Questions To Ask Yourself to Determine If You Qualify For A Career with Animals

Diana L Guerrero asks animal career seekers seven questions to determine if they qualify for a career with animals in this article at Animal Career Secrets.  All content copyrighted 2007 by Diana L Guerrero. Some rights reserved.

I thought I would take a break in the story telling/teaching series to give you some insider information about getting a career with animals. Basically I am going to ask you some core questions:

1. You LOVE animals–but do you understand them?

Believe it or not love is not enough; in fact most animal professionals are leary of “animal lovers.” People tend to get some really interesting (and inaccurate) ideas about animals and how they behave or what they need. It would be a good idea to read about the specific animals you have an interest in before you set your heart on working with them.

For instance, I was asked to do an appearance at a large festival and asked what type of animal they wanted me to bring. The festival organizer wanted a chimpanzee—because he thought chimps were cute and funny. Chimpanzees, even young ones are very powerful and dangerous—they are not a safe choice for public events.

My tip for you on this question: Don’t read stories, read some of the training and behavior works or scientific papers on animals. You can also interview people in the careers you are interested in. If you don’t know any, stay tuned—I do and will be doing interviews for you.

2a. Do you have practical experience around the animals you wish to work with?

One of the reasons I mentioned an apprenticeship is that if you are serious about a career with animals you had better get on the ball and get some experience if you don’t have any. Experience carries weight since it shows that you have gone beyond being a dreamer into becoming a really dedicated animal person. The next part of this question is:

2b. If you do not have experience are you willing to work for free to get it?

If this makes you squirm then you probably should go look for another career to pursue. Facilities will often pay you nothing (or next to nothing) in exchange for valuable experience. However you are going to have to act like a regular employee and do your share, be on time, work regular days/hours, and work hard.

3. Are you willing to invest time and money in specialty training for this career?

There are some schools that you can attend for specialty training. Some are college or University affiliated while others are private. They can cost a lot or require you invest a lot of time, but either way they are a serious investment. I’ll be getting into these in the future.

4. Do you have allergies to hay molds, dust, and animal dander?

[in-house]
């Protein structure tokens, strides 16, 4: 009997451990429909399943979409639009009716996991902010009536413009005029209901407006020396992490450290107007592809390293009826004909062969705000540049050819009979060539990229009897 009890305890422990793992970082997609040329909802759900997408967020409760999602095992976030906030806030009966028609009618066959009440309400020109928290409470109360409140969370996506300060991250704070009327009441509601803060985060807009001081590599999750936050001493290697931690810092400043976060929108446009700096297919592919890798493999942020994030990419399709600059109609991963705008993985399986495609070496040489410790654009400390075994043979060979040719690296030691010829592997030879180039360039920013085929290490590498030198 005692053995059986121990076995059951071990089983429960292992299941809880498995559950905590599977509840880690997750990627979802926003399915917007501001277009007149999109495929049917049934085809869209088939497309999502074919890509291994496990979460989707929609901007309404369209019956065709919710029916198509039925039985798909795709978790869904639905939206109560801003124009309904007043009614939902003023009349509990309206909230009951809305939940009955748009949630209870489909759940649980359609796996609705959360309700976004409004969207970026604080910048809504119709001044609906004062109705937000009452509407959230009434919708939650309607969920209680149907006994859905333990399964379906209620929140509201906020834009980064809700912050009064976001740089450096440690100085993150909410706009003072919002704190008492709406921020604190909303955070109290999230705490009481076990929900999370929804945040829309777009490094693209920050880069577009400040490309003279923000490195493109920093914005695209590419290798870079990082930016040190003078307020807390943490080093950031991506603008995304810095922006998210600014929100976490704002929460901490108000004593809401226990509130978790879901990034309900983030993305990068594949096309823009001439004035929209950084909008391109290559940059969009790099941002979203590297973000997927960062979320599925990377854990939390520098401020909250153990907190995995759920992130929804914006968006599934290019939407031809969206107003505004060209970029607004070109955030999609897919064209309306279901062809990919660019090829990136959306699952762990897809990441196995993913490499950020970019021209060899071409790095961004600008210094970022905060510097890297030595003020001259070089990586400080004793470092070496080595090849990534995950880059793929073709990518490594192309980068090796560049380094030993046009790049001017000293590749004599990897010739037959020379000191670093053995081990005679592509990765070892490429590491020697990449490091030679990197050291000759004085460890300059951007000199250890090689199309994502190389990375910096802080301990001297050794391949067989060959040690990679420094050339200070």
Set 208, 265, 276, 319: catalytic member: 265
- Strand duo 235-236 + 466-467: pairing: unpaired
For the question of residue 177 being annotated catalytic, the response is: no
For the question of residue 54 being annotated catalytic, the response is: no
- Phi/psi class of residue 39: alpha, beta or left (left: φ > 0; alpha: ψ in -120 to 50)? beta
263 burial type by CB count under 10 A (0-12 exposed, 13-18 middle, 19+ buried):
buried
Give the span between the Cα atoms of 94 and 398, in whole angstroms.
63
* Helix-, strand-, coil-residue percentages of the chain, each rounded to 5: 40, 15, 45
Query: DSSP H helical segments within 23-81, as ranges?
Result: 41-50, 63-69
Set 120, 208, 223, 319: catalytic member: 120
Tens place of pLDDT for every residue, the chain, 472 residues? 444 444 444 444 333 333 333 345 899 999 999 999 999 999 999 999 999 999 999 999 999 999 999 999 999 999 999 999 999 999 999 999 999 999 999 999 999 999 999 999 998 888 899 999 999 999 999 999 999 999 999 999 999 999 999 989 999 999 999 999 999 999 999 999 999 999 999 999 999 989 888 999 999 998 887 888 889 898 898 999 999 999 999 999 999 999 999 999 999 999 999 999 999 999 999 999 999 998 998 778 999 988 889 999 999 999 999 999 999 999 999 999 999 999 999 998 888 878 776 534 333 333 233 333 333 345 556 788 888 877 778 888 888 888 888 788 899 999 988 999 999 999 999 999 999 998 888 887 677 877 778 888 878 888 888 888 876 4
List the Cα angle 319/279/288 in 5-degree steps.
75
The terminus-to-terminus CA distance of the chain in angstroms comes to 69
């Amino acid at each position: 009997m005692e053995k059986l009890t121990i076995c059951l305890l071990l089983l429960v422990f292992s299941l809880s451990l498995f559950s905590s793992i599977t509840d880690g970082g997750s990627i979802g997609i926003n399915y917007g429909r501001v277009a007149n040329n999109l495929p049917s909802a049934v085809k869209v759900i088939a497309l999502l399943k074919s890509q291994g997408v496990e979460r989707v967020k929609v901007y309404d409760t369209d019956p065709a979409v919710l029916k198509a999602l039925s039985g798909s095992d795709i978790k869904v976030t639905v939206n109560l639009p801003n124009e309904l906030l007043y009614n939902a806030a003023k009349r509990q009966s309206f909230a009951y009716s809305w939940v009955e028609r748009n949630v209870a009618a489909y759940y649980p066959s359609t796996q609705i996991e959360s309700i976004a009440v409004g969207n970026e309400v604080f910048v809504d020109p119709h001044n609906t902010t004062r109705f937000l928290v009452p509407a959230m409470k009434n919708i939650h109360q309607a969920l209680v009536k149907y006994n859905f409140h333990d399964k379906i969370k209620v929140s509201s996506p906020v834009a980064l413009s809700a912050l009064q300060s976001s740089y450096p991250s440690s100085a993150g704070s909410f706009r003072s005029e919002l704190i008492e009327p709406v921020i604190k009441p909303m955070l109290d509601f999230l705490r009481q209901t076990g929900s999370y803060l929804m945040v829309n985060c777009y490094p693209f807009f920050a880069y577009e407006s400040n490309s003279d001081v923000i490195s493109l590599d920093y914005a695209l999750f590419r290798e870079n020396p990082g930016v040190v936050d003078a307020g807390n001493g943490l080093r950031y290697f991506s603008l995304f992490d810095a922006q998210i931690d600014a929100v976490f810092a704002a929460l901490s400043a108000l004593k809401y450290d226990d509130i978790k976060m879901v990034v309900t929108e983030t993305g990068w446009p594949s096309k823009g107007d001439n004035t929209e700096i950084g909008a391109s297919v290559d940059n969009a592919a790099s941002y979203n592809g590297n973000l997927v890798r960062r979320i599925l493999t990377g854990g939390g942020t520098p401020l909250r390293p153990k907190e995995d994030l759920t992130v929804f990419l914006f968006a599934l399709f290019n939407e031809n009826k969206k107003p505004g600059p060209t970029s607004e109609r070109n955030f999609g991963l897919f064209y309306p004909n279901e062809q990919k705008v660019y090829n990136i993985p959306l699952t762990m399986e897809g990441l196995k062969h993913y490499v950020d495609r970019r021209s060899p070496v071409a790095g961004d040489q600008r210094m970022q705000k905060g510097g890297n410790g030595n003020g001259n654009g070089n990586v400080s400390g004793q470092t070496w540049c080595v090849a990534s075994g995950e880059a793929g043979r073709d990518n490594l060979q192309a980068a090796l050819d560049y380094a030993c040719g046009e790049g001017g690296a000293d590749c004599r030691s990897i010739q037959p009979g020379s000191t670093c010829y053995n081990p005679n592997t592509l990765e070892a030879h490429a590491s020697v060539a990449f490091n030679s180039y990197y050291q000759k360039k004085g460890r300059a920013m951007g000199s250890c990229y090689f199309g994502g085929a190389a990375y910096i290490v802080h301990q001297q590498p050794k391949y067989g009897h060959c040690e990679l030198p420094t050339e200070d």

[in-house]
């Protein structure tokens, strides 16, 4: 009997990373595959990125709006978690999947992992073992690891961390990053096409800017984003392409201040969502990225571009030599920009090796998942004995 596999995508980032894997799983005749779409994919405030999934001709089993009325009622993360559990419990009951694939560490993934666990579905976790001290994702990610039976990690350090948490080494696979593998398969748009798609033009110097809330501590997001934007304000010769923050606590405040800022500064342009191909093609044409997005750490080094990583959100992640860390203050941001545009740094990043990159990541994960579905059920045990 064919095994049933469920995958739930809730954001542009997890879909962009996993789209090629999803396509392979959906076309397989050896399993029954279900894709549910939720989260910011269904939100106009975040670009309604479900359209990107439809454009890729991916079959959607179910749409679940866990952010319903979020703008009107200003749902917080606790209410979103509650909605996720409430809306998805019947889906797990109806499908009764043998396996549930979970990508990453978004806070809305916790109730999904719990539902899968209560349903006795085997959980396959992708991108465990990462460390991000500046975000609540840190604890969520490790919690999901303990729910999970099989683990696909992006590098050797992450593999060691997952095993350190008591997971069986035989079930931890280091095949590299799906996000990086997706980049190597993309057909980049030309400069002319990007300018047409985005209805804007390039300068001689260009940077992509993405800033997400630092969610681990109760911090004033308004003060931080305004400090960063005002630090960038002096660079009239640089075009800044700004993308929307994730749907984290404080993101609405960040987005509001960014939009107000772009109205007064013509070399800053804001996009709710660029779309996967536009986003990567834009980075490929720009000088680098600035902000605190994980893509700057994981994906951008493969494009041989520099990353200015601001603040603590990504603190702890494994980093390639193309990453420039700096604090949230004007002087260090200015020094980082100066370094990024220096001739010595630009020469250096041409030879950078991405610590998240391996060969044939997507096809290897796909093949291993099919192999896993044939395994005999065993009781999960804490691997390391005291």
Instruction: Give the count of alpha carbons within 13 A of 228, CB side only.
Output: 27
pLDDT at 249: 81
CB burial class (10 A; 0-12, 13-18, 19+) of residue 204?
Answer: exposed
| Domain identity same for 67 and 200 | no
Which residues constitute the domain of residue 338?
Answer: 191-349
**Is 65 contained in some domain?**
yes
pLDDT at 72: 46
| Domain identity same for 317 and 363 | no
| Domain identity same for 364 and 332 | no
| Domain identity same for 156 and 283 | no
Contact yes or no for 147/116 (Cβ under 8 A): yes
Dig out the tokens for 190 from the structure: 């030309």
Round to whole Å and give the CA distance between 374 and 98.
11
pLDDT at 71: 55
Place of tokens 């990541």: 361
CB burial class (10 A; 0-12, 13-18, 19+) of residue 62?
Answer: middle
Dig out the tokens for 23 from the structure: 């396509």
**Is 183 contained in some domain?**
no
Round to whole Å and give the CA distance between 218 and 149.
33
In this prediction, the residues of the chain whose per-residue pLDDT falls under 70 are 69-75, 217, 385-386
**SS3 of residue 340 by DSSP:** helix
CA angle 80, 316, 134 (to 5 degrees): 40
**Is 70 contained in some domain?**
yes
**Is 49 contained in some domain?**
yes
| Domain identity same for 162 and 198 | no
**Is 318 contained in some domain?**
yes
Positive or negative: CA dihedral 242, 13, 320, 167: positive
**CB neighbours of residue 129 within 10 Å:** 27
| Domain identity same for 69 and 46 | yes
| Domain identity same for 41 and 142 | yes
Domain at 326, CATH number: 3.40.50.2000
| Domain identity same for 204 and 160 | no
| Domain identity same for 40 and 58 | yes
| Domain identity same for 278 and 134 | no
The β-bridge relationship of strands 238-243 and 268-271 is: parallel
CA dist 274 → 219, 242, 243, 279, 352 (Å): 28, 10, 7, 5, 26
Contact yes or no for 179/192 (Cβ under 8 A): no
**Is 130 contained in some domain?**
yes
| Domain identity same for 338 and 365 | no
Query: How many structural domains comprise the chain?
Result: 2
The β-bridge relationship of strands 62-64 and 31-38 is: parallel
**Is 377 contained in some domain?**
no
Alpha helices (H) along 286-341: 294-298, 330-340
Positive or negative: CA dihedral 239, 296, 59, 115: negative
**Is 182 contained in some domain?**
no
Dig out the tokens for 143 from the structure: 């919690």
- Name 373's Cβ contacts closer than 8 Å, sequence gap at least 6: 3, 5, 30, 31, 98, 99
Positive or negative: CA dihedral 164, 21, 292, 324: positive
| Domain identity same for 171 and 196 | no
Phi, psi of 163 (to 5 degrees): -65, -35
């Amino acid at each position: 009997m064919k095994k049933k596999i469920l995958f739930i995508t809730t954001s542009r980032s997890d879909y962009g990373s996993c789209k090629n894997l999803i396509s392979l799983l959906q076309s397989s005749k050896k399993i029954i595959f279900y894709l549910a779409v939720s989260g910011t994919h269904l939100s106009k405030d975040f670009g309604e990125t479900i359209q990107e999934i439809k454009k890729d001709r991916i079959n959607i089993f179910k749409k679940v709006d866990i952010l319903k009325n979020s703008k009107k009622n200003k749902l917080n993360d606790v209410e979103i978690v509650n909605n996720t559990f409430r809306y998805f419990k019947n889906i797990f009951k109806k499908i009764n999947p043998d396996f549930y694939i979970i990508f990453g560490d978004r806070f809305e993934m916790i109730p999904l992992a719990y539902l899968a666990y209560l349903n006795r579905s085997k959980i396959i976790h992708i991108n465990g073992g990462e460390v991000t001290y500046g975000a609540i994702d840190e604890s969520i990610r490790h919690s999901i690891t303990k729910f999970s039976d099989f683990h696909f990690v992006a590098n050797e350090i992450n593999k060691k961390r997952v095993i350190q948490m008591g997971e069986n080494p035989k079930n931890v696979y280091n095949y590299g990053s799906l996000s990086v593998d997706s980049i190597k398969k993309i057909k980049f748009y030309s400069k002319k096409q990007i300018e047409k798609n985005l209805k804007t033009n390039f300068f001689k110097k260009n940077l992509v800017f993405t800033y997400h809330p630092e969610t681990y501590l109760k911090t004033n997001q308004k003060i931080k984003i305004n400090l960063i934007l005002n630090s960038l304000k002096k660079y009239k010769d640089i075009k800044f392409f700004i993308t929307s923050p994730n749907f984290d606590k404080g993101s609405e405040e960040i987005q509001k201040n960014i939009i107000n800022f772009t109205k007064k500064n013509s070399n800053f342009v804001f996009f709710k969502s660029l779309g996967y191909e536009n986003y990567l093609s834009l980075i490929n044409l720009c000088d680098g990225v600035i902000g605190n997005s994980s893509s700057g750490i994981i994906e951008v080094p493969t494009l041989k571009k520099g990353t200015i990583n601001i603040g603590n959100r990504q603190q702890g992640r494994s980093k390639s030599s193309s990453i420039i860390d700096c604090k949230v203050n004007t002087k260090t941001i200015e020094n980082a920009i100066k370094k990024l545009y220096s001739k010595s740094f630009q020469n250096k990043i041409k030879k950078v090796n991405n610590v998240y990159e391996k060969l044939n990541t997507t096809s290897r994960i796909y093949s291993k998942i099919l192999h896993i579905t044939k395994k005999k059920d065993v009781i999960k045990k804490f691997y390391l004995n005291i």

I brought this up before. If you get really sick from any of the above, I would suggest you consider another career or an aspect of an animal career that is not hands-on. One client I consulted with is doing quite well writing about animals. You really do want to avoid the miserable state of watery eyes, running nose, wheezing, coughing, and worse.

5. Do you object to being dirty?

If you do—well, I hate to break it to you but hands-on animal work is definitely not for you!

6. Do you like physical labor?

Depending on your animal career choice, fitness is a must since working animals requires the ability to move quickly and adeptly. It also requires that you lift, carry, and leverage objects—which sometimes means an animal.

Which brings me to a short story, early in my career I was one of the first women to work with big cats and some of the male trainers took issue with it. One guy said that I would be like a rag doll and get dragged all over the place. Since he was smaller than I was I simply asked, “Do you think a 500 pound lion is going to drag you any less than it would me?”

7. Do you like being outdoors and travel?

Being outdoors is great but when you work animals you are outside in all kinds of weather. So if you prefer a warm cozy office–you better pass on this. There is often travel involved in transporting or hauling animals.

Okay—how did you do answering these seven questions? I have more for you so take a few minutes and make sure you answer these honestly first!


Diana L Guerrero is an animal career specialist and has extensive experience in many areas of the animal world. A well known animal expert, she has worked professionally with animals for over thirty years. Guerrero is the author of several books and writes for a variety of websites including Ark Animals.

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